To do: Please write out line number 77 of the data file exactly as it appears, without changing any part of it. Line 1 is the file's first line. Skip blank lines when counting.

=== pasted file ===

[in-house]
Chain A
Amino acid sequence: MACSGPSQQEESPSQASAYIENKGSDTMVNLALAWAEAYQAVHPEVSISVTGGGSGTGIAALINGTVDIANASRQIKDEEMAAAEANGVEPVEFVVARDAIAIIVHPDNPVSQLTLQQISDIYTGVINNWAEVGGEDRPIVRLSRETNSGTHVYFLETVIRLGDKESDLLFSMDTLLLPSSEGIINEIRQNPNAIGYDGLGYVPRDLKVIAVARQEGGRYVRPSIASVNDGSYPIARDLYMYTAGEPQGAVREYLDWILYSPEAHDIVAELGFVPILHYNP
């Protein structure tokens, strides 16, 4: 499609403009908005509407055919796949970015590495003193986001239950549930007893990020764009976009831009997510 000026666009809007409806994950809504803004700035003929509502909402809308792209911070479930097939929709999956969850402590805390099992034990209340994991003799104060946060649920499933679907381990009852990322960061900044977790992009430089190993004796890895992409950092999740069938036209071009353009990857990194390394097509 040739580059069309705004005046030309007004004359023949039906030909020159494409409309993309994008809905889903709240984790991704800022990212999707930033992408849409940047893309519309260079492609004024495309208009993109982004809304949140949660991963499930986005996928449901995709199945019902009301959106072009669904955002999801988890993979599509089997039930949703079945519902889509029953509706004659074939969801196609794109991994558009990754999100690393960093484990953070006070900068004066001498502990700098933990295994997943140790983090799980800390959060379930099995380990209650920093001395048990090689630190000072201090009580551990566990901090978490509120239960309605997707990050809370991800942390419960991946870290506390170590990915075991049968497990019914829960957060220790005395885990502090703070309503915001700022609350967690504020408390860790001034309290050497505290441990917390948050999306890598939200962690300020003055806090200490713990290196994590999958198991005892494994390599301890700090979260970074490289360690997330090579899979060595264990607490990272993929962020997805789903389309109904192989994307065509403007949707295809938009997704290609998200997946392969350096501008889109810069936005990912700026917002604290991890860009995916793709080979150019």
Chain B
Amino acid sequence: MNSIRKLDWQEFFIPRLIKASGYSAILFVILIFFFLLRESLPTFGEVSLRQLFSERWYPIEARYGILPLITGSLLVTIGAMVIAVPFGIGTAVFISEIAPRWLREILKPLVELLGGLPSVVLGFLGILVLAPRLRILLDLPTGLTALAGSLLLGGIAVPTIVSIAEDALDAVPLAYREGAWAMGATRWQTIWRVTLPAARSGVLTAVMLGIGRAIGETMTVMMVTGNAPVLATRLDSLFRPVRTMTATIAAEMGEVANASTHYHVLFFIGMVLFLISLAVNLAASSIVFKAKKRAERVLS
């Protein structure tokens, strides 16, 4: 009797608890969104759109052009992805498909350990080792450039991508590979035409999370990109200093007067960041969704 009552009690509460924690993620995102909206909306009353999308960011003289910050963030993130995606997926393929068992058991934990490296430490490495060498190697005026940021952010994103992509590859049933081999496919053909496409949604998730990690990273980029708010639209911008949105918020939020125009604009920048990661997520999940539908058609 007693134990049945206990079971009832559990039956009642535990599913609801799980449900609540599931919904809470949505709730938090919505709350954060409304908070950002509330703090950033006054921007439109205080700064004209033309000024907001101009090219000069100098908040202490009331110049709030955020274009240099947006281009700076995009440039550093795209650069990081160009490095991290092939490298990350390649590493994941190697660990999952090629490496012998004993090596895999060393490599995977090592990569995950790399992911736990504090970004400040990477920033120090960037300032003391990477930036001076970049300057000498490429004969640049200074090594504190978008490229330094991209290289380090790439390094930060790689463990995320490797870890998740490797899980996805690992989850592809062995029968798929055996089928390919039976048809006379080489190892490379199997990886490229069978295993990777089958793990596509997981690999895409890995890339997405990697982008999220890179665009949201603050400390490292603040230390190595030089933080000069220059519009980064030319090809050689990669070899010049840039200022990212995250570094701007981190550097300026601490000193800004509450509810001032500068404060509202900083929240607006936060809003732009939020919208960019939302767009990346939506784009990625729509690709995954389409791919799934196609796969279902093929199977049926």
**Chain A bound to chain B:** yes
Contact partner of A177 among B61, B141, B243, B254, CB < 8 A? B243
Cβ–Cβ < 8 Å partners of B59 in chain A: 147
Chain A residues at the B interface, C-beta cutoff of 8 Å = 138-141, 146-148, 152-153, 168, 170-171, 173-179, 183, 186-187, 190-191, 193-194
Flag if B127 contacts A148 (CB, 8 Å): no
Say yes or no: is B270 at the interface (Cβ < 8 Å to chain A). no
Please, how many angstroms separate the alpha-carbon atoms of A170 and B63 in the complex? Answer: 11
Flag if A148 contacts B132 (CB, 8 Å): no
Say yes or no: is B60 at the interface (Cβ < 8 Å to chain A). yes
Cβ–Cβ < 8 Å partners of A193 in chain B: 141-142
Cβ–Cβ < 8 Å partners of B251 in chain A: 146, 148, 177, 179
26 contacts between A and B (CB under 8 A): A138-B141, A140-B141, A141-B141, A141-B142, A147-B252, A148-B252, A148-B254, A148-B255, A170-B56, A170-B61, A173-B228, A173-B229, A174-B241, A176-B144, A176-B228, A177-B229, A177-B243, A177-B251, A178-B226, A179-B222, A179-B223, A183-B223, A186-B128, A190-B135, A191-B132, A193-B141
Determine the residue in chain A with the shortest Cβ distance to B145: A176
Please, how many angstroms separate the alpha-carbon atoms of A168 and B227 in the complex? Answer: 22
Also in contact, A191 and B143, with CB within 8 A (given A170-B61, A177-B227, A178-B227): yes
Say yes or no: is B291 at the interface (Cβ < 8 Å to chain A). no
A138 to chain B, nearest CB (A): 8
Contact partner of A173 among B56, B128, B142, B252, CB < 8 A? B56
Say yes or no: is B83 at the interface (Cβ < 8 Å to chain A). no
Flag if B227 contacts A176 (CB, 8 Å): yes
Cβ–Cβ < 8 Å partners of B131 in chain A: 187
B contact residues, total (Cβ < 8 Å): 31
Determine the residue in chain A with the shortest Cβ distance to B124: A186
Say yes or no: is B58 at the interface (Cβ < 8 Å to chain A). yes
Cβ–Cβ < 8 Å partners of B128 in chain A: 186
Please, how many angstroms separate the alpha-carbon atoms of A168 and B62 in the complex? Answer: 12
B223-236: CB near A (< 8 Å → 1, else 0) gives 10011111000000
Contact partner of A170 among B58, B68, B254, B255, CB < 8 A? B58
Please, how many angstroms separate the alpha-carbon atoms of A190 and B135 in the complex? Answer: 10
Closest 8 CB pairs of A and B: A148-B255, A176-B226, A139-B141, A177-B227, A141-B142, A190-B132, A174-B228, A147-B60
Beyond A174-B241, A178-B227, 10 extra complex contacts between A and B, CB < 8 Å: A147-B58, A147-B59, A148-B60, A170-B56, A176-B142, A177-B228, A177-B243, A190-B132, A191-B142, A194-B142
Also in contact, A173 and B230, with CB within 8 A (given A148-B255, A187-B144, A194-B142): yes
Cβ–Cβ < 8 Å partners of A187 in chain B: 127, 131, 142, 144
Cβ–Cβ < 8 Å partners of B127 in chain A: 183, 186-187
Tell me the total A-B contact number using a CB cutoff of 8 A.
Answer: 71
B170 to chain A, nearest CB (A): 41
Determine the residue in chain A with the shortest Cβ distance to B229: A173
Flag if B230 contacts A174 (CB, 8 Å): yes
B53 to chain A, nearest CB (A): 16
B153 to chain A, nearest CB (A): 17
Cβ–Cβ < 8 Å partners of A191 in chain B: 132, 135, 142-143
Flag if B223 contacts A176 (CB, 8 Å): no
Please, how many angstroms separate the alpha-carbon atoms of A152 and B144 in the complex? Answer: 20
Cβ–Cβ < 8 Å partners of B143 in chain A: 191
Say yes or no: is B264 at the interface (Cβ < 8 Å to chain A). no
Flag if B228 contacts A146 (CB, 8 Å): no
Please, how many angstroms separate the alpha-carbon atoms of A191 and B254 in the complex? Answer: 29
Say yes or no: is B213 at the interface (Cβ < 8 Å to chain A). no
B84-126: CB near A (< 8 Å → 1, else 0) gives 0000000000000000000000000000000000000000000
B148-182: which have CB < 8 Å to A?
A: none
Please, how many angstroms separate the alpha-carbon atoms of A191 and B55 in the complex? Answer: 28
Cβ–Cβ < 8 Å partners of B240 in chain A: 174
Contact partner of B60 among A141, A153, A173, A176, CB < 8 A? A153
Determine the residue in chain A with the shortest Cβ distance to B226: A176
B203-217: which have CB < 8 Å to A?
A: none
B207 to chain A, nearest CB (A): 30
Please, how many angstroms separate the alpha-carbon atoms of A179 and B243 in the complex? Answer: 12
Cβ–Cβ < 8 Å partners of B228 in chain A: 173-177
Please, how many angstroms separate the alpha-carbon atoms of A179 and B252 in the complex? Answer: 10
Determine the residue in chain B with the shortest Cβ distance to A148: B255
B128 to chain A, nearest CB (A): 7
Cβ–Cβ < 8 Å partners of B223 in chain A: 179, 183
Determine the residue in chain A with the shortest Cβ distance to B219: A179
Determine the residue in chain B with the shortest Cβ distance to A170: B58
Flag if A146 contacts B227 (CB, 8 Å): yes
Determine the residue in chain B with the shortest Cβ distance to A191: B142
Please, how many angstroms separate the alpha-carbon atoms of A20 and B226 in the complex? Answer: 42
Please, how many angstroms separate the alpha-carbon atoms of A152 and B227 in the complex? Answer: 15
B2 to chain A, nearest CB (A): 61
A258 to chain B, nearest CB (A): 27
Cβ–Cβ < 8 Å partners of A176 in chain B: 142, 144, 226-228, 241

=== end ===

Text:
Please, how many angstroms separate the alpha-carbon atoms of A20 and B226 in the complex? Answer: 42